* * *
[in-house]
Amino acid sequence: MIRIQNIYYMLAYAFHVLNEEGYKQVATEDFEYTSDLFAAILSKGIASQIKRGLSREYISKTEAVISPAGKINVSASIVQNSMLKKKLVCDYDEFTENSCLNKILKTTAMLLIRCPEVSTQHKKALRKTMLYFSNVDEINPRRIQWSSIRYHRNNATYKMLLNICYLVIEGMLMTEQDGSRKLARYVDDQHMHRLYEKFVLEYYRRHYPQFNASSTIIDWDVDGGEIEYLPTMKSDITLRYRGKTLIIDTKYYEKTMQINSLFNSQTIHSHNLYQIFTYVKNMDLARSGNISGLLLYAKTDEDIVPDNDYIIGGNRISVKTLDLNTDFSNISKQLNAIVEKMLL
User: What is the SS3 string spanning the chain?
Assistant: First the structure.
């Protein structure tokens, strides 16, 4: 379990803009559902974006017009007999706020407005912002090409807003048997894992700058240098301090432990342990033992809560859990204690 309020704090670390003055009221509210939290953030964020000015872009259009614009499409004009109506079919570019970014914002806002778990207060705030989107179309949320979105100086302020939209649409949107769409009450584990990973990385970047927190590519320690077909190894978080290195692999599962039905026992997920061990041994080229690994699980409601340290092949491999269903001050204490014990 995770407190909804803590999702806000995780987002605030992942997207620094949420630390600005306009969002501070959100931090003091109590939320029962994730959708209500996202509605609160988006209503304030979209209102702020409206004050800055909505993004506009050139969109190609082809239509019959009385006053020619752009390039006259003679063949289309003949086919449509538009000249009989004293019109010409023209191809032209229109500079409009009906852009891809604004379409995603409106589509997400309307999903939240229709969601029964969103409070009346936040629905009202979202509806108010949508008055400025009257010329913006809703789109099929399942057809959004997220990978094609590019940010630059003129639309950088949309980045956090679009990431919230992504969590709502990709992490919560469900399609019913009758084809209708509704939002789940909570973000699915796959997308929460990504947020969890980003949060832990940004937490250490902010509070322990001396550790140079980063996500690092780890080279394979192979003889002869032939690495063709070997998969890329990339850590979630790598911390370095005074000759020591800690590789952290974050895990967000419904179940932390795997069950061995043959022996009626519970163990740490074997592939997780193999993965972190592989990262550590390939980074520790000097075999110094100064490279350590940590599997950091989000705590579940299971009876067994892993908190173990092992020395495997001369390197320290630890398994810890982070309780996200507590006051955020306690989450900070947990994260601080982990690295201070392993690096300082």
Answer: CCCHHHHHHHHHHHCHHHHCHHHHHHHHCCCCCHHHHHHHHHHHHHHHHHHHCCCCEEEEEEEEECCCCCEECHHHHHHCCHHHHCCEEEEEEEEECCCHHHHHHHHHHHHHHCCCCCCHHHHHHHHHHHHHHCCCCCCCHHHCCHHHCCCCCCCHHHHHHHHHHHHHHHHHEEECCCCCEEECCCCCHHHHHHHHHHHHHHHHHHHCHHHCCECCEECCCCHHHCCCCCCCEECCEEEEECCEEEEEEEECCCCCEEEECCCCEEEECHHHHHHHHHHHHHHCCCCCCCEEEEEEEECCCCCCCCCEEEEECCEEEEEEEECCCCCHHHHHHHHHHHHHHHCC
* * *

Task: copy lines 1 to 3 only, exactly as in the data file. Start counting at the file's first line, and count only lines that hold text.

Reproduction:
[in-house]
Amino acid sequence: MIRIQNIYYMLAYAFHVLNEEGYKQVATEDFEYTSDLFAAILSKGIASQIKRGLSREYISKTEAVISPAGKINVSASIVQNSMLKKKLVCDYDEFTENSCLNKILKTTAMLLIRCPEVSTQHKKALRKTMLYFSNVDEINPRRIQWSSIRYHRNNATYKMLLNICYLVIEGMLMTEQDGSRKLARYVDDQHMHRLYEKFVLEYYRRHYPQFNASSTIIDWDVDGGEIEYLPTMKSDITLRYRGKTLIIDTKYYEKTMQINSLFNSQTIHSHNLYQIFTYVKNMDLARSGNISGLLLYAKTDEDIVPDNDYIIGGNRISVKTLDLNTDFSNISKQLNAIVEKMLL
User: What is the SS3 string spanning the chain?